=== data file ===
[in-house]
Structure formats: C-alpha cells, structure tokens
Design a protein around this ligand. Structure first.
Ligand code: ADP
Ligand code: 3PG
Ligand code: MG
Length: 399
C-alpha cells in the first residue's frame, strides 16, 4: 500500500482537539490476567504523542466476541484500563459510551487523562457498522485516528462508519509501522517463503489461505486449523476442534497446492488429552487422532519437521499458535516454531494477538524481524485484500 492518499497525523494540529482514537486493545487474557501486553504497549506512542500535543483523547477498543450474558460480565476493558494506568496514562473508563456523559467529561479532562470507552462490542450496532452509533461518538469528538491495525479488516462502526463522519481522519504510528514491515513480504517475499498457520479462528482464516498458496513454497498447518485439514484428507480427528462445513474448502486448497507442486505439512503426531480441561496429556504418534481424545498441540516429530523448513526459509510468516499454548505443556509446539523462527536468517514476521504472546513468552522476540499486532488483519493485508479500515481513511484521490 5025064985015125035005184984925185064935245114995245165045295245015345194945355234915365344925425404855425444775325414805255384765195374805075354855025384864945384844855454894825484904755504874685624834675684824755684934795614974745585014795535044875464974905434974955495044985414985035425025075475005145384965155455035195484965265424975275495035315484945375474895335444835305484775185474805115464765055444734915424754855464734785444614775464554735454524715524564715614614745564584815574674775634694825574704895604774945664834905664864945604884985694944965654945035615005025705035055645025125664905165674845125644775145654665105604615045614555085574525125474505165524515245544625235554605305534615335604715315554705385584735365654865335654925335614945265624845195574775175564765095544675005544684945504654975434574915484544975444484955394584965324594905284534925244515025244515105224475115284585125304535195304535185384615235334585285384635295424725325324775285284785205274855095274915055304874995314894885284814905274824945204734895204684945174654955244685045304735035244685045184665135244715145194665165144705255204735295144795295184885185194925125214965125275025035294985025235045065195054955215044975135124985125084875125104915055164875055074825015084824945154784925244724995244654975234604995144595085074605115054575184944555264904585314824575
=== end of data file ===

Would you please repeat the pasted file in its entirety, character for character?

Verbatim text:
[in-house]
Structure formats: C-alpha cells, structure tokens
Design a protein around this ligand. Structure first.
Ligand code: ADP
Ligand code: 3PG
Ligand code: MG
Length: 399
C-alpha cells in the first residue's frame, strides 16, 4: 500500500482537539490476567504523542466476541484500563459510551487523562457498522485516528462508519509501522517463503489461505486449523476442534497446492488429552487422532519437521499458535516454531494477538524481524485484500 492518499497525523494540529482514537486493545487474557501486553504497549506512542500535543483523547477498543450474558460480565476493558494506568496514562473508563456523559467529561479532562470507552462490542450496532452509533461518538469528538491495525479488516462502526463522519481522519504510528514491515513480504517475499498457520479462528482464516498458496513454497498447518485439514484428507480427528462445513474448502486448497507442486505439512503426531480441561496429556504418534481424545498441540516429530523448513526459509510468516499454548505443556509446539523462527536468517514476521504472546513468552522476540499486532488483519493485508479500515481513511484521490 5025064985015125035005184984925185064935245114995245165045295245015345194945355234915365344925425404855425444775325414805255384765195374805075354855025384864945384844855454894825484904755504874685624834675684824755684934795614974745585014795535044875464974905434974955495044985414985035425025075475005145384965155455035195484965265424975275495035315484945375474895335444835305484775185474805115464765055444734915424754855464734785444614775464554735454524715524564715614614745564584815574674775634694825574704895604774945664834905664864945604884985694944965654945035615005025705035055645025125664905165674845125644775145654665105604615045614555085574525125474505165524515245544625235554605305534615335604715315554705385584735365654865335654925335614945265624845195574775175564765095544675005544684945504654975434574915484544975444484955394584965324594905284534925244515025244515105224475115284585125304535195304535185384615235334585285384635295424725325324775285284785205274855095274915055304874995314894885284814905274824945204734895204684945174654955244685045304735035244685045184665135244715145194665165144705255204735295144795295184885185194925125214965125275025035294985025235045065195054955215044975135124985125084875125104915055164875055074825015084824945154784925244724995244654975234604995144595085074605115054575184944555264904585314824575